Python 201 -- (Slightly) Advanced Python Topics

Dave Kuhlman

http://www.rexx.com/~dkuhlman
Email:

Release 1.00
June 6, 2003

 
Front Matter

Copyright (c) 2003 Dave Kuhlman

Permission is hereby granted, free of charge, to any person obtaining a copy of this software and associated documentation files (the "Software"), to deal in the Software without restriction, including without limitation the rights to use, copy, modify, merge, publish, distribute, sublicense, and/or sell copies of the Software, and to permit persons to whom the Software is furnished to do so, subject to the following conditions:

The above copyright notice and this permission notice shall be included in all copies or substantial portions of the Software.

THE SOFTWARE IS PROVIDED "AS IS", WITHOUT WARRANTY OF ANY KIND, EXPRESS OR IMPLIED, INCLUDING BUT NOT LIMITED TO THE WARRANTIES OF MERCHANTABILITY, FITNESS FOR A PARTICULAR PURPOSE AND NONINFRINGEMENT. IN NO EVENT SHALL THE AUTHORS OR COPYRIGHT HOLDERS BE LIABLE FOR ANY CLAIM, DAMAGES OR OTHER LIABILITY, WHETHER IN AN ACTION OF CONTRACT, TORT OR OTHERWISE, ARISING FROM, OUT OF OR IN CONNECTION WITH THE SOFTWARE OR THE USE OR OTHER DEALINGS IN THE SOFTWARE.

Abstract:

This document is a syllabus for a second course in Python programming. This course contains discussions of several advanced topics that are of interest to Python programmers.



Contents

 
1. Python 201 -- (Slightly) Advanced Python Topics

This document is intended as notes for a course on (slightly) advanced Python topics.

2. Regular Expressions

2.1 Defining regular expressions

Defining a regular expression is to provide a sequence of characters, the pattern, that will match sequences of characters in a target.

Here are several places to look for help:

The patterns or regular expressions can be defined as follows:

Because of the use of backslashes in patterns, you are usually better off defining regular expressions with raw strings, e.g. r"abc".

2.2 Compiling regular expressions

When a regular expression is to be used more than once, you should consider compiling it. For example:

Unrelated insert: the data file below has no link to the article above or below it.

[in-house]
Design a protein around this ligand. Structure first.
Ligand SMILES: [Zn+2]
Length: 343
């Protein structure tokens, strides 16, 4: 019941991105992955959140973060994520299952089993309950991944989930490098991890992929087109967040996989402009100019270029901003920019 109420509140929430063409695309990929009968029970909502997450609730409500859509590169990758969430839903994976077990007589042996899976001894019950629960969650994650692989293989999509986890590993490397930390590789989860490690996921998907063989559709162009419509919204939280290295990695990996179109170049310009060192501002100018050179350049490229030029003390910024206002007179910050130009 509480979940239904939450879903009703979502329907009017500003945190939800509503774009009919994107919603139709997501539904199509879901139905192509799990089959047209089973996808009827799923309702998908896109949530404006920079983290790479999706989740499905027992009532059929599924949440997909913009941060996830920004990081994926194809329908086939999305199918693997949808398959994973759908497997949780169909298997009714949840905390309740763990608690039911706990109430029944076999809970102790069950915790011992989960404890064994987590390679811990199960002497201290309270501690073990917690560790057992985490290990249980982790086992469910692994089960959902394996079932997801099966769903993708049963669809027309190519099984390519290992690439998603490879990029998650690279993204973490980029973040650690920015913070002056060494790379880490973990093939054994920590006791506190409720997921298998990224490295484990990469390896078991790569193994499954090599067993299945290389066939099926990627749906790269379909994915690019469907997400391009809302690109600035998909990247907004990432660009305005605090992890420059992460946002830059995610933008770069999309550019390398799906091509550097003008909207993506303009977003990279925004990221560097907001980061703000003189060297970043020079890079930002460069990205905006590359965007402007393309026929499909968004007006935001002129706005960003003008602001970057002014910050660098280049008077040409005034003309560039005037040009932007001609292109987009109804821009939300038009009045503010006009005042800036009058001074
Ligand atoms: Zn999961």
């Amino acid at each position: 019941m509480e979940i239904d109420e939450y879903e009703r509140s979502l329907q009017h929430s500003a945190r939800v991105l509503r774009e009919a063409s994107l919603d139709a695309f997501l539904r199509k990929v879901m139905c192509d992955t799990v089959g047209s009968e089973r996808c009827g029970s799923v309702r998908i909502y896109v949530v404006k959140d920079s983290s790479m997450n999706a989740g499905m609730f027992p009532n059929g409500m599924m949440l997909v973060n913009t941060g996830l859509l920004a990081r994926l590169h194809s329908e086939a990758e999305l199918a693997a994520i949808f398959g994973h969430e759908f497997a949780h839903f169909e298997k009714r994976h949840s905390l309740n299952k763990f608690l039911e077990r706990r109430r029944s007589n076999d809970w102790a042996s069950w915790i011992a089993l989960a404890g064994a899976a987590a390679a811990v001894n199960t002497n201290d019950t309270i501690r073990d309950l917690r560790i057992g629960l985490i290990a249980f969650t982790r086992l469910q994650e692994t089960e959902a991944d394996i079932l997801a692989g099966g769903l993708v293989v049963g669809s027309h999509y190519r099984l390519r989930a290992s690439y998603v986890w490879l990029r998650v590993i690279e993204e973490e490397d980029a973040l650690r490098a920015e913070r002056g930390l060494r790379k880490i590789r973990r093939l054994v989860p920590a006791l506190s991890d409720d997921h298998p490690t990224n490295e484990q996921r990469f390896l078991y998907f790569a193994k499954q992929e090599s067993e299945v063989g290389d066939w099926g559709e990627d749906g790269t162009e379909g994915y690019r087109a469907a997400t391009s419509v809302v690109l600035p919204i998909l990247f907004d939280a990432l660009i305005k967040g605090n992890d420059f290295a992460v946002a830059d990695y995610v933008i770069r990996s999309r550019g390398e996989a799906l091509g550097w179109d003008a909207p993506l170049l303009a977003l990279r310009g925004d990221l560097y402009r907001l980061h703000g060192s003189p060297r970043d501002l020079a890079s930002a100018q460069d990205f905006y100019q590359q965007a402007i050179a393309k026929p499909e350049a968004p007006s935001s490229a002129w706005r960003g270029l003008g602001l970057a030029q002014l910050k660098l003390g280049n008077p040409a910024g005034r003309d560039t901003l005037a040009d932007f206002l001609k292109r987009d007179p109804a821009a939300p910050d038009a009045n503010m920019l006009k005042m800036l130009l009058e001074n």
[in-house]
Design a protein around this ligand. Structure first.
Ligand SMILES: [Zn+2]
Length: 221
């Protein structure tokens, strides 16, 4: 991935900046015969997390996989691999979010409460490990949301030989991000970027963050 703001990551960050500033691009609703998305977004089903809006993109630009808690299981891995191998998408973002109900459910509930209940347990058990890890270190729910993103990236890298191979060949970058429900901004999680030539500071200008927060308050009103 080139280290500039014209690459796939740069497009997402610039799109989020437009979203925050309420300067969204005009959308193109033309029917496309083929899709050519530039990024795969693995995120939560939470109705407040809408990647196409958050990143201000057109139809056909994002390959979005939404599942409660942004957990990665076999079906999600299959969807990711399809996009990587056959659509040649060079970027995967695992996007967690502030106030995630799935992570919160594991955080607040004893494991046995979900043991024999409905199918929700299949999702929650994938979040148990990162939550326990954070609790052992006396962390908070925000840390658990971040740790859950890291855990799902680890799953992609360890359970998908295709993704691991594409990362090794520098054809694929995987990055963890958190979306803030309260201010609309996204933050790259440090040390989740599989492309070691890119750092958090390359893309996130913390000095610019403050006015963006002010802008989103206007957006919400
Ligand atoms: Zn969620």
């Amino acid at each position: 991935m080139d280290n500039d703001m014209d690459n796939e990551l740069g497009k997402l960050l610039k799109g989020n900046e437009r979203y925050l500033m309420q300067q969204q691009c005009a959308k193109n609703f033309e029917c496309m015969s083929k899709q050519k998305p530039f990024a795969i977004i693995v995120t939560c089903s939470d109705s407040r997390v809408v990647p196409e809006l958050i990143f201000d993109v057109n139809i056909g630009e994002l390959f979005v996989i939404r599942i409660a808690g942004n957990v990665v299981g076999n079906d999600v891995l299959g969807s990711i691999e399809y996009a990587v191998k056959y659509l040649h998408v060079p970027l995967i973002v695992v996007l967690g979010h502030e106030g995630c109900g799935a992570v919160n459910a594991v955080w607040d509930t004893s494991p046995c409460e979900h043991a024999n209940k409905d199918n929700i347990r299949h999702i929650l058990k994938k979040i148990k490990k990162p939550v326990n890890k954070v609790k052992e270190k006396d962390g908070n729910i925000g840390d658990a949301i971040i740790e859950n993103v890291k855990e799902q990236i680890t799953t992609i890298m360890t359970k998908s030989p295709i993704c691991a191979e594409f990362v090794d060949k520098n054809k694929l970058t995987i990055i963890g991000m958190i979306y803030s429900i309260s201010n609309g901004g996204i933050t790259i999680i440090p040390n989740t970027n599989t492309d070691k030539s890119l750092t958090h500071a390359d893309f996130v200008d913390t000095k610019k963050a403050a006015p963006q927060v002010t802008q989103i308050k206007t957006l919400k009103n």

import sys, re

pat = re.compile('aa[bc]*dd')

while 1:
    line = raw_input('Enter a line ("q" to quit):')
    if line == 'q':
        break
    if pat.search(line):
        print 'matched:', line
    else:
        print 'no match:', line

Comments:

2.3 Using regular expressions

Use match to match at the beginning of a string (or not at all).

Use search to search a string and match the first string from the left.

Here are some examples:

>>> import re
>>> pat = re.compile('aa[0-9]*bb')
>>> x = pat.match('aa1234bbccddee')
>>> x
<_sre.SRE_Match object at 0x401e9608>
>>> x = pat.match('xxxxaa1234bbccddee')
>>> x
>>> type(x)
<type 'NoneType'>
>>> x = pat.search('xxxxaa1234bbccddee')
>>> x
<_sre.SRE_Match object at 0x401e9608>

Notes:

2.4 Using match objects to extract a value

Match objects enable you to extract matched sub-strings after performing a match. A match object is returned by successful match.

Here is an example:

import sys, re

pat = re.compile('aa([0-9]*)bb')

while 1:
    line = raw_input('Enter a line ("q" to quit):')
    if line == 'q':
        break
    mo = pat.search(line)
    if mo:
        value = mo.group(1)
        print 'value: %s' % value
    else:
        print 'no match'

Explanation:

In addition, you can:

2.5 Extracting multiple items

You can extract multiple items with a single search. Here is an example:

import sys, re

pat = re.compile('aa([0-9]*)bb([0-9]*)cc')

while 1:
    line = raw_input('Enter a line ("q" to quit):')
    if line == 'q':
        break
    mo = pat.search(line)
    if mo:
        value1, value2 = mo.group(1, 2)
        print 'value1: %s  value2: %s' % (value1, value2)
    else:
        print 'no match'

Comments:

2.6 Replacing multiple items

You can locate sub-strings (slices) of a match and replace them. Here is an example:

import sys, re

pat = re.compile('aa([0-9]*)bb([0-9]*)cc')

while 1:
    line = raw_input('Enter a line ("q" to quit): ')
    if line == 'q':
        break
    mo = pat.search(line)
    if mo:
        value1, value2 = mo.group(1, 2)
        start1 = mo.start(1)
        end1 = mo.end(1)
        start2 = mo.start(2)
        end2 = mo.end(2)
        print 'value1: %s  start1: %d  end1: %d' % (value1, start1, end1)
        print 'value2: %s  start2: %d  end2: %d' % (value2, start2, end2)